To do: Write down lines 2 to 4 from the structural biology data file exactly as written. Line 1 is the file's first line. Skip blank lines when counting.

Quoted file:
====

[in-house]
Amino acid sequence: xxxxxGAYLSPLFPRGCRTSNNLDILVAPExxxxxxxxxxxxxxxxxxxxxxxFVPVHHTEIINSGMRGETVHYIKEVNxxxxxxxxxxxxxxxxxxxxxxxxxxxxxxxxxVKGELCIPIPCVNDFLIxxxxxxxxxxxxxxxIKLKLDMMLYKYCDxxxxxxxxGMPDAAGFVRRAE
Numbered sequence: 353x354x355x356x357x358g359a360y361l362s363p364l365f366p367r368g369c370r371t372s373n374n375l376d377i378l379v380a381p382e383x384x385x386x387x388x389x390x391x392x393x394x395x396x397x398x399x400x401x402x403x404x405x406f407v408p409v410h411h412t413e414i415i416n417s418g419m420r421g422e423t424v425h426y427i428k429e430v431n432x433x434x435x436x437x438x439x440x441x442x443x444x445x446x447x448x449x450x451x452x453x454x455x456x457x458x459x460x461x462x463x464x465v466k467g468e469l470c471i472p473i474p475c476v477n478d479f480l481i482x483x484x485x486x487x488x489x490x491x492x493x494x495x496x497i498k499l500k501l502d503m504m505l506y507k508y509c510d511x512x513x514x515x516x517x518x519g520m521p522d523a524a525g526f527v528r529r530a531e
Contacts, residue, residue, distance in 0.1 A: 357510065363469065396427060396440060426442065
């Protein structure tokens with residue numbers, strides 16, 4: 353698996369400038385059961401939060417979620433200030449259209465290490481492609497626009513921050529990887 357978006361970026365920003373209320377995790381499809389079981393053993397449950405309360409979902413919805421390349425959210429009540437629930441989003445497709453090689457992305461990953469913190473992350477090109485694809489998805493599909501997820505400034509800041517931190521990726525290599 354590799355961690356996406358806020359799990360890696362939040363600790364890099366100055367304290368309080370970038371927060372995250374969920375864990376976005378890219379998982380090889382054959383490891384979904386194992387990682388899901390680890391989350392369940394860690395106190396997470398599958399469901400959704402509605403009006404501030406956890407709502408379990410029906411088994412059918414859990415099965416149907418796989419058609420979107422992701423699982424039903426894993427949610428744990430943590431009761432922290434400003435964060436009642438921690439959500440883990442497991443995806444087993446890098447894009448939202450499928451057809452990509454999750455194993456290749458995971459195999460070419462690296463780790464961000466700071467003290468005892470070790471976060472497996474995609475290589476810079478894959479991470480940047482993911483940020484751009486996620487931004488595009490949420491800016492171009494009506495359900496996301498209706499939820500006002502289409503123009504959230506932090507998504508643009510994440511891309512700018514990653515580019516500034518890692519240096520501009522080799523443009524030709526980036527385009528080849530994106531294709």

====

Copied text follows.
Amino acid sequence: xxxxxGAYLSPLFPRGCRTSNNLDILVAPExxxxxxxxxxxxxxxxxxxxxxxFVPVHHTEIINSGMRGETVHYIKEVNxxxxxxxxxxxxxxxxxxxxxxxxxxxxxxxxxVKGELCIPIPCVNDFLIxxxxxxxxxxxxxxxIKLKLDMMLYKYCDxxxxxxxxGMPDAAGFVRRAE
Numbered sequence: 353x354x355x356x357x358g359a360y361l362s363p364l365f366p367r368g369c370r371t372s373n374n375l376d377i378l379v380a381p382e383x384x385x386x387x388x389x390x391x392x393x394x395x396x397x398x399x400x401x402x403x404x405x406f407v408p409v410h411h412t413e414i415i416n417s418g419m420r421g422e423t424v425h426y427i428k429e430v431n432x433x434x435x436x437x438x439x440x441x442x443x444x445x446x447x448x449x450x451x452x453x454x455x456x457x458x459x460x461x462x463x464x465v466k467g468e469l470c471i472p473i474p475c476v477n478d479f480l481i482x483x484x485x486x487x488x489x490x491x492x493x494x495x496x497i498k499l500k501l502d503m504m505l506y507k508y509c510d511x512x513x514x515x516x517x518x519g520m521p522d523a524a525g526f527v528r529r530a531e
Contacts, residue, residue, distance in 0.1 A: 357510065363469065396427060396440060426442065